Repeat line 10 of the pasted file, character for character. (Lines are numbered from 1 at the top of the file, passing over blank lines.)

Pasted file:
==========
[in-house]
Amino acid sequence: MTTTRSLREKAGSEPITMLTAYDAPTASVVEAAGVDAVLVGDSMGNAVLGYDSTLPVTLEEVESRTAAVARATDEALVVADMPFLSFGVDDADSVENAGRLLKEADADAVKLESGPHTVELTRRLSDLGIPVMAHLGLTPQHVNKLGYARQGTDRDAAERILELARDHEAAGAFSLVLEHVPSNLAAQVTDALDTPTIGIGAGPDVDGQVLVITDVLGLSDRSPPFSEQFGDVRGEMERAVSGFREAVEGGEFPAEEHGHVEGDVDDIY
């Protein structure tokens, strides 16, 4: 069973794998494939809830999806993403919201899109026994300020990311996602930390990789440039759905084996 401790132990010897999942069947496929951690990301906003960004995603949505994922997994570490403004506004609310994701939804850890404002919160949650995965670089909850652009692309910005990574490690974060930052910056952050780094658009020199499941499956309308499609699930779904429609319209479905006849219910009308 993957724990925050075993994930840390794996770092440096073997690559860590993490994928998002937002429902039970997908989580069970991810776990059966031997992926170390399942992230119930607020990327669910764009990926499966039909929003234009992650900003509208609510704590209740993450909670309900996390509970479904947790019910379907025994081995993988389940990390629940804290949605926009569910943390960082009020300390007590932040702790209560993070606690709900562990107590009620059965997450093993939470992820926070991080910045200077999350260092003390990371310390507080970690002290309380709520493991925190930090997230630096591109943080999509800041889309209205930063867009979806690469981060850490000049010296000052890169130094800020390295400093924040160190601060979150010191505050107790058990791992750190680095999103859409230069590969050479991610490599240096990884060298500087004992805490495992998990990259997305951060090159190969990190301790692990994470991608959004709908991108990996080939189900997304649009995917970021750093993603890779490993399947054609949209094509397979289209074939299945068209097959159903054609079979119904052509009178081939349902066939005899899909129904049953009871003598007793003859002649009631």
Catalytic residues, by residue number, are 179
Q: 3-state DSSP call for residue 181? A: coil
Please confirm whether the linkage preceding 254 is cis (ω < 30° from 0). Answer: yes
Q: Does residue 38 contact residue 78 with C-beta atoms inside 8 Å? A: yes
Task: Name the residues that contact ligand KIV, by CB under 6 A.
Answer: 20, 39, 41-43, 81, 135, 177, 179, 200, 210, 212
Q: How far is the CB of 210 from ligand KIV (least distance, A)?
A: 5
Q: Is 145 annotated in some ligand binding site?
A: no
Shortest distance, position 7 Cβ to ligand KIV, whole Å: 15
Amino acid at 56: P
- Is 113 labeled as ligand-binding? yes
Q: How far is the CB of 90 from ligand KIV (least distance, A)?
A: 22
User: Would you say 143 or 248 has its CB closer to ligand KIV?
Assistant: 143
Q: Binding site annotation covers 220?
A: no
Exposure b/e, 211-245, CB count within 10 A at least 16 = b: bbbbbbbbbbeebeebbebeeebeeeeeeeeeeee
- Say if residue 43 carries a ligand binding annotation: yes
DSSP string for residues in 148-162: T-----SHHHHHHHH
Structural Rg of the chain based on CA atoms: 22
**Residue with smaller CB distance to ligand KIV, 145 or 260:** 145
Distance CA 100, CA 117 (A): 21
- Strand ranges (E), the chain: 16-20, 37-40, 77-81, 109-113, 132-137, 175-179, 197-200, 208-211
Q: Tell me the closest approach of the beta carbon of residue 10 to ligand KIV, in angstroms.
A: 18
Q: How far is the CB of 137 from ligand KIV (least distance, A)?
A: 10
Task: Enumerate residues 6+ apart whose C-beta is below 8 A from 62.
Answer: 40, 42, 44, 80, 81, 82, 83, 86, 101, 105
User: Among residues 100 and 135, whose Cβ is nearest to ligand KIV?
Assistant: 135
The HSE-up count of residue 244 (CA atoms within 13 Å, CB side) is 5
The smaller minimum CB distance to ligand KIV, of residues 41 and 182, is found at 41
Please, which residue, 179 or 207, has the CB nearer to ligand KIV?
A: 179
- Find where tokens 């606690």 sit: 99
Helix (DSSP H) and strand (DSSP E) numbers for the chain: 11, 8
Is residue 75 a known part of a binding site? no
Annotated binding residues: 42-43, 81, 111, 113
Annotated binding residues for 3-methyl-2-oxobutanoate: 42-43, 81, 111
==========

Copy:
Q: How far is the CB of 210 from ligand KIV (least distance, A)?